Automotive worker conducts ‘Narcan training session’ for 75+ businesses

Narcan used to offset side effects of heroin overdose. (WDTN Photo/Paul Rodzinka)
Narcan used to offset side effects of heroin overdose. (WDTN Photo/Paul Rodzinka)

BUTLER TOWNSHIP, Ohio (WDTN) – Some business owners are taking action against the opioid crisis to keep employees safe and ultimately save lives.

Tuesday night, more than 75 local business owners came together at Celebrations II Banquet Center to learn how to use Narcan–the opioid overdose reversal drug.

The training session was started by Cindy Davidson–a local auto shop owner–who saw a story on 2 NEWS about an Ohio police officer who accidentally overdosed on fentanyl and was revived by Narcan.

Just like there’s first aid kit in every workplace, Davidson says she wants Narcan to be right next to it.

Cindy Davidson is starting a new engine–a network of proactive auto workers, fighting back against the opioid epedemic.

“We as society,” Davidson said. “Have to do something to save everybody.”

That’s why Davidson–who owns a local autoshop–teamed up with law enforcement to organize a training session for other auto workers, teaching them how to detect heroin and fentanyl and what to do if they come in contact with it, which can be common. If someone overdoses behind the wheel, many times a tow service is called to tow the car.

“Maybe that power becomes dust all over the car,” Davidson said. “Then I have an employee get into the car and he’s chemically exposed and I didn’t know what just happened to him.”

If someone’s overdosing, they appear dizzy, confused and struggling to breathe. That’s exactly what happened to an East Liverpool Police Officer who accidentally overdosed when he came in contact with fentanyl during a traffic stop. After being Narcan, he was revived.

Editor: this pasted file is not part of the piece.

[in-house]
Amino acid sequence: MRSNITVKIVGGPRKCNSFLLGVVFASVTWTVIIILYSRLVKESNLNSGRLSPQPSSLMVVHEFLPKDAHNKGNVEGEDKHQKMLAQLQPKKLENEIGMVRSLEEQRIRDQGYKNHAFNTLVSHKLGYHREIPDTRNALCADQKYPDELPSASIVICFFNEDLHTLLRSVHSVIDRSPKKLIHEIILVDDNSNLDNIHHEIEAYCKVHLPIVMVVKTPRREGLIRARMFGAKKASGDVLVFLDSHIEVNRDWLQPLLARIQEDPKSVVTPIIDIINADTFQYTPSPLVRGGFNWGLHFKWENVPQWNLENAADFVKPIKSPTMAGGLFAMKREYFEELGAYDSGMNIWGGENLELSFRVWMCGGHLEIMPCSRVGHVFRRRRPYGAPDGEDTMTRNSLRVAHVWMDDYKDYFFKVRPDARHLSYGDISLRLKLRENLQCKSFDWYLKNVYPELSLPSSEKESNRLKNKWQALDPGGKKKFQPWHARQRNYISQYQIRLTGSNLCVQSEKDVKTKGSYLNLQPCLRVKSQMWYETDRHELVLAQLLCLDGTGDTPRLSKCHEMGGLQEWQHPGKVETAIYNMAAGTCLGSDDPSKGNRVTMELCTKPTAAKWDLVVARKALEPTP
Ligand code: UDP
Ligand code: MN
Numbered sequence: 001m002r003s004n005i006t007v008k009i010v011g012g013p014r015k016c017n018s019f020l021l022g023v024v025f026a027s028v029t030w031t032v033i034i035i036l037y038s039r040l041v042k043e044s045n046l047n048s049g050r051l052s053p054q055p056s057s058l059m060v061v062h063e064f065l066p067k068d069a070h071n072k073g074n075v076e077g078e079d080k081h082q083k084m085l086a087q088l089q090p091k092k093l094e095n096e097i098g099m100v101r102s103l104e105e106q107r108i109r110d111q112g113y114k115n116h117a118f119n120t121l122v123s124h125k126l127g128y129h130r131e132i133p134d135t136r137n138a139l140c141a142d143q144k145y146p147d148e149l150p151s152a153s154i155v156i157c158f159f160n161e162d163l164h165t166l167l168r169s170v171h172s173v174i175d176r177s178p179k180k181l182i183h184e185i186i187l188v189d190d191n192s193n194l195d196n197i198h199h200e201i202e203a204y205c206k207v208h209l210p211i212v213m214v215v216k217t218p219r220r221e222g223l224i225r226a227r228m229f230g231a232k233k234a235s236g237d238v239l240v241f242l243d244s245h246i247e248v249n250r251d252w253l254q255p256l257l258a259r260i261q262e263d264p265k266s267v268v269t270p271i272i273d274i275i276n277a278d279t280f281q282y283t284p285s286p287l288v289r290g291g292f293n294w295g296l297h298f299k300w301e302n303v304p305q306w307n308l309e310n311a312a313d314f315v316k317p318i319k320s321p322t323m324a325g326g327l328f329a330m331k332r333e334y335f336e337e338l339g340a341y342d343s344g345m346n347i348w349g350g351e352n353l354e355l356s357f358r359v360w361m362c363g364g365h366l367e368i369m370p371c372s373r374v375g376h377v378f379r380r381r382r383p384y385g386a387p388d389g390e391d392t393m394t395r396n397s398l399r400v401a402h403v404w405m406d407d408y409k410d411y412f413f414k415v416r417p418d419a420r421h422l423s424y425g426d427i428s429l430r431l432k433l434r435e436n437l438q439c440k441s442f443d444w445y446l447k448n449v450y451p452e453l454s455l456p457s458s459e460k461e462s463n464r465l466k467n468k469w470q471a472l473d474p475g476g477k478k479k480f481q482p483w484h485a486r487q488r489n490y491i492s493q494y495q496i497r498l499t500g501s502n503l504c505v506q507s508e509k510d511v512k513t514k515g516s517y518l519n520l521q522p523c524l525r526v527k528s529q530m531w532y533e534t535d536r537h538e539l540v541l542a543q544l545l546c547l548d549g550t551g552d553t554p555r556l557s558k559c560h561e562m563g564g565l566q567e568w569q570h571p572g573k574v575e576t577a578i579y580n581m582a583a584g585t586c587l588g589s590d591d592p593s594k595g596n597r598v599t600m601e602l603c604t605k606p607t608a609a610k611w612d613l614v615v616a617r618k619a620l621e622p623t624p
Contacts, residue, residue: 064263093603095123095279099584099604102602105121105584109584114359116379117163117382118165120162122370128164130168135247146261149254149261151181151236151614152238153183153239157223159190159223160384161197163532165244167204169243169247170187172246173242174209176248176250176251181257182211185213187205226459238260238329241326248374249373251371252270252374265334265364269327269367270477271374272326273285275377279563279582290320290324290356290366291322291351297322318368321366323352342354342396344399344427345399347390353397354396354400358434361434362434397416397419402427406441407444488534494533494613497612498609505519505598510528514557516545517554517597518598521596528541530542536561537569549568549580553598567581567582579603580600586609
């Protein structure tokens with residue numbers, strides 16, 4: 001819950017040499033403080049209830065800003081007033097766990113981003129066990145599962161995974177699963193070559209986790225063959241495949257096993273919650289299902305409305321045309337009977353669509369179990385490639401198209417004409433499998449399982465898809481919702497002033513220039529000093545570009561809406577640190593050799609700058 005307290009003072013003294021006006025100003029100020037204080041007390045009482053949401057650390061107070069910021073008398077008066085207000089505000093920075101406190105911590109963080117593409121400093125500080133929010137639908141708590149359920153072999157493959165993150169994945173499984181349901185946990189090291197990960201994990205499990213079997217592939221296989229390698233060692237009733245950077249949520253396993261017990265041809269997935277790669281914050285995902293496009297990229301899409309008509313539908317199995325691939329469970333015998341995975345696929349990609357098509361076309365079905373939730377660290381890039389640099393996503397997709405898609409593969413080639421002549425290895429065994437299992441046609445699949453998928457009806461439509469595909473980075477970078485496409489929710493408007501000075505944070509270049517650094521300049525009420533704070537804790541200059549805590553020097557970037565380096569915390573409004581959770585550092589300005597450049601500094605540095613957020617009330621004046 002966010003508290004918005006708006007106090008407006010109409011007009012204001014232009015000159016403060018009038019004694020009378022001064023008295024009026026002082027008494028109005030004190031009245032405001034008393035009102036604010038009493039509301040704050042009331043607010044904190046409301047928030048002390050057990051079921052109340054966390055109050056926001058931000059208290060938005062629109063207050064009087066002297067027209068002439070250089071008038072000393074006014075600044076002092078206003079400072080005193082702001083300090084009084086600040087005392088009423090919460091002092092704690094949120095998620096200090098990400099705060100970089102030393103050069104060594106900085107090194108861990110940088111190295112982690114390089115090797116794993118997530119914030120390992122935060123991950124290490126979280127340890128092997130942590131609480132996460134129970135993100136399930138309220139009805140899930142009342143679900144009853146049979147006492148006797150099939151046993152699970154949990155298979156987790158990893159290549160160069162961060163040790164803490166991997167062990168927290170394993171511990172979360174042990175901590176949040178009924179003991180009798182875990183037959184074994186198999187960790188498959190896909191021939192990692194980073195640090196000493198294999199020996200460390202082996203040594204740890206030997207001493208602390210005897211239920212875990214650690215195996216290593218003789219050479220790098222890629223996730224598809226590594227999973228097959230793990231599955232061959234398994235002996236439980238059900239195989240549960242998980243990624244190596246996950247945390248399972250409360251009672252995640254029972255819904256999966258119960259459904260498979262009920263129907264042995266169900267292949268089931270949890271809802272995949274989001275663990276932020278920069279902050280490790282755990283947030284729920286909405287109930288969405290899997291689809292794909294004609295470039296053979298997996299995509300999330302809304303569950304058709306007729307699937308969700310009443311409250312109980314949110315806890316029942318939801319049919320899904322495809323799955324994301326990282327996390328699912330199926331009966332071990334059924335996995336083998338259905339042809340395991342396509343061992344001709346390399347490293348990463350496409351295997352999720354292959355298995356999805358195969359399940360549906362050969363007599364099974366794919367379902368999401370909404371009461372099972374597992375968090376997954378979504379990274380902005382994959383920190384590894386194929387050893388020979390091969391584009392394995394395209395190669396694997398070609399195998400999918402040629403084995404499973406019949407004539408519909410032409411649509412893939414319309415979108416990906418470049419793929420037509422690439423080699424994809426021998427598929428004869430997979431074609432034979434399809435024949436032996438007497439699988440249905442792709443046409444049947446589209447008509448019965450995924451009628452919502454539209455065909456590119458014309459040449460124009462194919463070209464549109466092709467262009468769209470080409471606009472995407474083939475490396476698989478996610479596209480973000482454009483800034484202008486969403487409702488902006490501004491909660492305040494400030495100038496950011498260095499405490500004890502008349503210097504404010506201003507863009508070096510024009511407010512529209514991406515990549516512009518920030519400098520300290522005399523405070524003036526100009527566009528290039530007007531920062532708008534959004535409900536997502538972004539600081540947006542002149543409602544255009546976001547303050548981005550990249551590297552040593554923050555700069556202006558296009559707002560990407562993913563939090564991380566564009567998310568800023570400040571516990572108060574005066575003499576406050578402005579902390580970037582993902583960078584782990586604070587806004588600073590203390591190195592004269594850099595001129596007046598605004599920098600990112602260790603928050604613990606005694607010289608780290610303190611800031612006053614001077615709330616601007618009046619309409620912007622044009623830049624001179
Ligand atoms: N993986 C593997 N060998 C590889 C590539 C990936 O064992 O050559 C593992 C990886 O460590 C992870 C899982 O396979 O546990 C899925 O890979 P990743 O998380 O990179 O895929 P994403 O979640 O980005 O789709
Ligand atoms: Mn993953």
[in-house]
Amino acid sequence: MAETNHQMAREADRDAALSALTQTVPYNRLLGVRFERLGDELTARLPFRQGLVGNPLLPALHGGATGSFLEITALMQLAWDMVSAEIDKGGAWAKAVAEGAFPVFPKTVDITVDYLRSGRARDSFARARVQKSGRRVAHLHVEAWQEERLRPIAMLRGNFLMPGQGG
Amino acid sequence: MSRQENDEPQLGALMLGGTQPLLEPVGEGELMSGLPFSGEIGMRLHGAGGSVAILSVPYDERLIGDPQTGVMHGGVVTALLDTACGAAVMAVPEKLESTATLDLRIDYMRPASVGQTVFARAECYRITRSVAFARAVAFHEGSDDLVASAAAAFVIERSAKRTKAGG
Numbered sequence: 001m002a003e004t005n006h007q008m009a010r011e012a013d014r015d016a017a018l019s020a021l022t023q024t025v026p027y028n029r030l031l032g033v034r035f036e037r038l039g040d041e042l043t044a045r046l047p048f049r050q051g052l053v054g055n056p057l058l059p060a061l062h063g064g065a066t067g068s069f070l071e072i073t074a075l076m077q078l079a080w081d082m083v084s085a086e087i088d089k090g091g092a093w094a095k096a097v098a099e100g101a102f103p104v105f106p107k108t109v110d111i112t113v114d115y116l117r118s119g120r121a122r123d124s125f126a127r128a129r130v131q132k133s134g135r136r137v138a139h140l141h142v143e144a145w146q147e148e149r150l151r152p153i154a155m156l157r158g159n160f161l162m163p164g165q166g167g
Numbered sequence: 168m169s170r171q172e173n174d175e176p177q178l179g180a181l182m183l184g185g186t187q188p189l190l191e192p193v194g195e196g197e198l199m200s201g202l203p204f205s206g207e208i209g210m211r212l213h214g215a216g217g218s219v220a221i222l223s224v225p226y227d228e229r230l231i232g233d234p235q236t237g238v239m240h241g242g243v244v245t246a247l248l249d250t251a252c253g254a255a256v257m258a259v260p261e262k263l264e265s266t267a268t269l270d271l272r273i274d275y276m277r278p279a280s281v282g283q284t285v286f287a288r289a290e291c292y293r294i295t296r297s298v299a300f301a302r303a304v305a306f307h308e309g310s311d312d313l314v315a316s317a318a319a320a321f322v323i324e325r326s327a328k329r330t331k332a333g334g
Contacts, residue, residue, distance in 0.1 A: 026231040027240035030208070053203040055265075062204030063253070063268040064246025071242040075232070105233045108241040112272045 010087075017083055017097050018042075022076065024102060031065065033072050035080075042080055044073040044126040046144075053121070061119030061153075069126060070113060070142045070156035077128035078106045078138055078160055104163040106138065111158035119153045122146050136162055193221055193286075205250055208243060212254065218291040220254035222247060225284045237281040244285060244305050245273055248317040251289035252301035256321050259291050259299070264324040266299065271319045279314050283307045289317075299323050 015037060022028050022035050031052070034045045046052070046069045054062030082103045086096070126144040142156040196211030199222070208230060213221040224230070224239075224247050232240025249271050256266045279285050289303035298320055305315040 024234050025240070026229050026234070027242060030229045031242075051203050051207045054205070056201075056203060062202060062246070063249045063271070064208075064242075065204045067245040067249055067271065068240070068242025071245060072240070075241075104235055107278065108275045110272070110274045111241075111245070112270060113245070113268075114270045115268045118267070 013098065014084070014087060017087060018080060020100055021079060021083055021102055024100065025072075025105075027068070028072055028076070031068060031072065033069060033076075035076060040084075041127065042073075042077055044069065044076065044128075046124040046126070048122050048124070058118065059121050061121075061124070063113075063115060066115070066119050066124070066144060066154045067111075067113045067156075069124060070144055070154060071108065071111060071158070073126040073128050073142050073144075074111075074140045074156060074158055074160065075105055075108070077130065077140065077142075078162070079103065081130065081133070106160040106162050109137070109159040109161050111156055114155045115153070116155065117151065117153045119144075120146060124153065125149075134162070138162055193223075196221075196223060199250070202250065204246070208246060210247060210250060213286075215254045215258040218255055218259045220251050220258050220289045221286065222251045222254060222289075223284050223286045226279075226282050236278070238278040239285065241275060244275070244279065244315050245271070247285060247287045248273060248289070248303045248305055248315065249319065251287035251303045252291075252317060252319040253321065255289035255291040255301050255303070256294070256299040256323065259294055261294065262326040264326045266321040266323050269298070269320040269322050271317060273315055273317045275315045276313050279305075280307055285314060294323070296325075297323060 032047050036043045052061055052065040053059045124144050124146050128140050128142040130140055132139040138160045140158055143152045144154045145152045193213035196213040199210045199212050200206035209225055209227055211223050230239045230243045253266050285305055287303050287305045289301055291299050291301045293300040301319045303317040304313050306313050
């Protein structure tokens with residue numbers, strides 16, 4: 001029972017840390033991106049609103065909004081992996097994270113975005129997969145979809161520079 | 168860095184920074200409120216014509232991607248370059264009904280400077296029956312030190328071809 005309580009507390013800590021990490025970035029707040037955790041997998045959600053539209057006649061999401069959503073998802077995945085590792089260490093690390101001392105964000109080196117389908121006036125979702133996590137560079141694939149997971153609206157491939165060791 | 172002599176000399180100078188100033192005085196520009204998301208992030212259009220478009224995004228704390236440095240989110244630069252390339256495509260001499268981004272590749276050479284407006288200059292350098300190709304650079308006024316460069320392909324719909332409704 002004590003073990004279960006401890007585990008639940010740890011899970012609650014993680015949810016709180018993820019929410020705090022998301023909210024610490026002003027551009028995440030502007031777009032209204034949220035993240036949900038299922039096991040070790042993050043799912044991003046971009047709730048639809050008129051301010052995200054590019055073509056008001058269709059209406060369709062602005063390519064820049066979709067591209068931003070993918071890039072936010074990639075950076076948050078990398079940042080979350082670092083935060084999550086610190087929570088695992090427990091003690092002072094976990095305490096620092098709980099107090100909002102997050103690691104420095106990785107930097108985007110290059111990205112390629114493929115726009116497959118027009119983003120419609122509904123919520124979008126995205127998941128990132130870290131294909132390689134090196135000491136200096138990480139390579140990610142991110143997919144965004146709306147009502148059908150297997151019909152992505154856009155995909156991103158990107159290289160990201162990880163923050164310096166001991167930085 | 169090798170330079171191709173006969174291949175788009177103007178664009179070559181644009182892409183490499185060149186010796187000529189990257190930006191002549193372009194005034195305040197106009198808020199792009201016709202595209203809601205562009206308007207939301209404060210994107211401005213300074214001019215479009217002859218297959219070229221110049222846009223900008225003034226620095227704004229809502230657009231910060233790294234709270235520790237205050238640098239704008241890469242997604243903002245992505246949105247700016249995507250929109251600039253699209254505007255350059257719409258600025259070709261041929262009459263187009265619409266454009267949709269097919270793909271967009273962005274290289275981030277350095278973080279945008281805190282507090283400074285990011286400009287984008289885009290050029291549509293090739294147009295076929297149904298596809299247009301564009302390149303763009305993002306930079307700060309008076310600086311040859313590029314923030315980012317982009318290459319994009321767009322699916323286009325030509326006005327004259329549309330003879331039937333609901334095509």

“Get Narcan training,” Montgomery County Sheriff Phil Plummer said. “In case one of your employees gets exposed because we want to save people.”

All 75 business owners left Tuesday night’s with a box of Narcan. Davidson hopes word of the training spreads so other business aren’t left in the dark.

“Your employees will respect you alot more,” Davidson said. “If they see that you do care and that you are being proactive about their health.”

 

 

WDTN.com provides commenting to allow for constructive discussion on the stories we cover. In order to comment here, you acknowledge you have read and agreed to our Terms of Service. Commenters who violate these terms, including use of vulgar language or racial slurs, will be banned. Please be respectful of the opinions of others and keep the conversation on topic and civil. If you see an inappropriate comment, please flag it for our moderators to review.

Leave a Reply

Fill in your details below or click an icon to log in:

WordPress.com Logo

You are commenting using your WordPress.com account. Log Out / Change )

Twitter picture

You are commenting using your Twitter account. Log Out / Change )

Facebook photo

You are commenting using your Facebook account. Log Out / Change )

Google+ photo

You are commenting using your Google+ account. Log Out / Change )

Connecting to %s